COOS COUNTY – A group of bipartisan legislators from the state are in Coos County for two days to visit local schools.
The 79th Legislative Assembly Joint Committee on Student Success has a detailed schedule spanning Wednesday and Thursday. The committee has already traveled 2,678 miles from Salem to visit schools across the state, finishing a tour on the southern Oregon coast that began in March.
And all to better provide funding for schools and improve public education.
According to Robin Maxey, communications director in the office of Senate President Peter Courtney, the JCSS has taken testimony from 273 Oregonians at nine public hearings so far on the tour. It has done 11 student listening sessions with a total of 318 students from 52 schools, held 12 regional round table discussions with 220 educators and community leaders from 52 school districts, eight Education Service Districts and 14 pre-k and early learning programs.
Maxey added that since March, the JCSS has also held round table meetings on school safety, health services, and partnerships between high schools and post-secondary institutions.
“We need to educate Oregon’s children the best we possibly can,” said Senate President Peter Courtney when the tour was first announced in January, which Maxey emailed to The World. “We need to understand what’s working and what’s not working. We need to figure out how to fill the hole caused by Measures 5 and 50. We need to connect state priorities and funding to local spending.”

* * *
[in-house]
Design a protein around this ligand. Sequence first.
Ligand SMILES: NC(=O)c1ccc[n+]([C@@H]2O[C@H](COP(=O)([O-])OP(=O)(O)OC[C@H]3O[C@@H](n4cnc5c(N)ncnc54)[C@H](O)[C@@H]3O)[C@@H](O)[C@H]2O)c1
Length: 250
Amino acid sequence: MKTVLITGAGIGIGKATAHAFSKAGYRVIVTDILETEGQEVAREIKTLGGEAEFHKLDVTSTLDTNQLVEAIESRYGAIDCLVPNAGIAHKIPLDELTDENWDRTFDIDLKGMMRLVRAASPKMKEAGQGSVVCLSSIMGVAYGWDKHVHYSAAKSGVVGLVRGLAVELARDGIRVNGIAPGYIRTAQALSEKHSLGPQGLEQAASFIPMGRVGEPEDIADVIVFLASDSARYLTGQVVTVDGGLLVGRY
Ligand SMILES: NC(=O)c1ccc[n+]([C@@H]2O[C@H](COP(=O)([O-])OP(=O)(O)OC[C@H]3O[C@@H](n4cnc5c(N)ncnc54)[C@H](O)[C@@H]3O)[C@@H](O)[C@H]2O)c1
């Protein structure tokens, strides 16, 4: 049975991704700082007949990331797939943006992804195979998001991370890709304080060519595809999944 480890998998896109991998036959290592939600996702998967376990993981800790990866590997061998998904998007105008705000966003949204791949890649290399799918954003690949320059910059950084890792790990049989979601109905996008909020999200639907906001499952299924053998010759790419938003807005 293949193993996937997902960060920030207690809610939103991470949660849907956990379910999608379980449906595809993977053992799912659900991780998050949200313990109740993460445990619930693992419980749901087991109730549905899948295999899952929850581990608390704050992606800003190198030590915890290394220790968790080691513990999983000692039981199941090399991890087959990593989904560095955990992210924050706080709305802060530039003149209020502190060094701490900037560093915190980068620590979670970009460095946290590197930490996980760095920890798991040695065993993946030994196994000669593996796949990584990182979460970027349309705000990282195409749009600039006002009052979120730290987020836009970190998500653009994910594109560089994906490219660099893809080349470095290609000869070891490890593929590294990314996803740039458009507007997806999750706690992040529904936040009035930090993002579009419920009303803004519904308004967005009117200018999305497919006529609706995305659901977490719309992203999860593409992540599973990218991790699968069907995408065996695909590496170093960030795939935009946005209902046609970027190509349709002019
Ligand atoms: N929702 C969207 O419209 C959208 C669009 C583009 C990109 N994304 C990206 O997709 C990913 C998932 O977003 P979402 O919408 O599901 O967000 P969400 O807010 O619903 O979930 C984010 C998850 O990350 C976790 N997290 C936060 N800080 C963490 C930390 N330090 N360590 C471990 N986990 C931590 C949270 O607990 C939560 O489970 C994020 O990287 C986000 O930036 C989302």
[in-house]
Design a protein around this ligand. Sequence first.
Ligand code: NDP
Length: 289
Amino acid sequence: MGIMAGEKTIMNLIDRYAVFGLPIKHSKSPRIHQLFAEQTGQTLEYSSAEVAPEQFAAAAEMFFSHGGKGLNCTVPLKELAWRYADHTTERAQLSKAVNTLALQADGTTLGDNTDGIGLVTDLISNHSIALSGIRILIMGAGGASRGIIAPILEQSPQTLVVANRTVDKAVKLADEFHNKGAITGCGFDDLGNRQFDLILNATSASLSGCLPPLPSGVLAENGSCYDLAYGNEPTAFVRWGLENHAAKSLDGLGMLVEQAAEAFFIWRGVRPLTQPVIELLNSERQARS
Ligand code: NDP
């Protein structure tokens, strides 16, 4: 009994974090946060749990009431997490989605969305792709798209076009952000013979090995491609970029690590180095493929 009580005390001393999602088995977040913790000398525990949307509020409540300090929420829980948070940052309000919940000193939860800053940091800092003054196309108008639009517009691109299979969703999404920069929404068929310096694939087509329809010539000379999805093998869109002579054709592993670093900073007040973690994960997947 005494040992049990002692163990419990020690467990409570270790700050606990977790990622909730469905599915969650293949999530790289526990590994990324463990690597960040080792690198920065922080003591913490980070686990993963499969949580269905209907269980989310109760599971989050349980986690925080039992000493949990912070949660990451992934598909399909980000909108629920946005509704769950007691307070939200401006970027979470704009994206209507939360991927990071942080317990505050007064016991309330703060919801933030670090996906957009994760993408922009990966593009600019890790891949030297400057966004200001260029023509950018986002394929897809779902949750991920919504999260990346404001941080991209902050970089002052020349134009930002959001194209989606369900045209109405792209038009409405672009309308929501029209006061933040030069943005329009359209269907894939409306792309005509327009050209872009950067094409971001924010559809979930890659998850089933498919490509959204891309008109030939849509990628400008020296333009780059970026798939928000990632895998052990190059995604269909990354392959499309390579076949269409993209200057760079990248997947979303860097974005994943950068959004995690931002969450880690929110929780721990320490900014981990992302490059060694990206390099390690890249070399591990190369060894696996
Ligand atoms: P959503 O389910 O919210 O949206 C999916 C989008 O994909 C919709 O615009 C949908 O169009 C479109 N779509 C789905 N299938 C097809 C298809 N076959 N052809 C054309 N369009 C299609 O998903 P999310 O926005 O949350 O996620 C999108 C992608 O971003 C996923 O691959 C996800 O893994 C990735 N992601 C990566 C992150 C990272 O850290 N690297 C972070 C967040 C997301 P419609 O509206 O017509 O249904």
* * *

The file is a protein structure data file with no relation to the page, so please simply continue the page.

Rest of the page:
Maxey explained that it was Courtney and Oregon House Speaker Tina Kotek who created the special committee that made the plan for improved student success. Courtney and Kotek included a “budget proposal that ensures every student in Oregon, regardless of where they go to school, will have the opportunity to achieve success. To gather information, the committee began touring the state in March.”
The idea behind the committee is patterned after the Joint Committee on Transportation Preservation and Modernization that toured the state back in 2016. As Maxey stated, because of that tour, that committee then created “the historic $5.3 billion transportation improvement plan during the 2017 session.”
At 6:30 p.m. on Wednesday, the JCSS is holding a public hearing at Marshfield High School where the community can tell the committee how local schools can be strengthened.
“It’s time we come out of our corners and solve this problem together,” Kotek said after the tour’s initial announcement. “Every student deserves a fair shot at success. It’s time to come together and forge a path forward that will ensure every child has access to the high-quality schools they deserve.”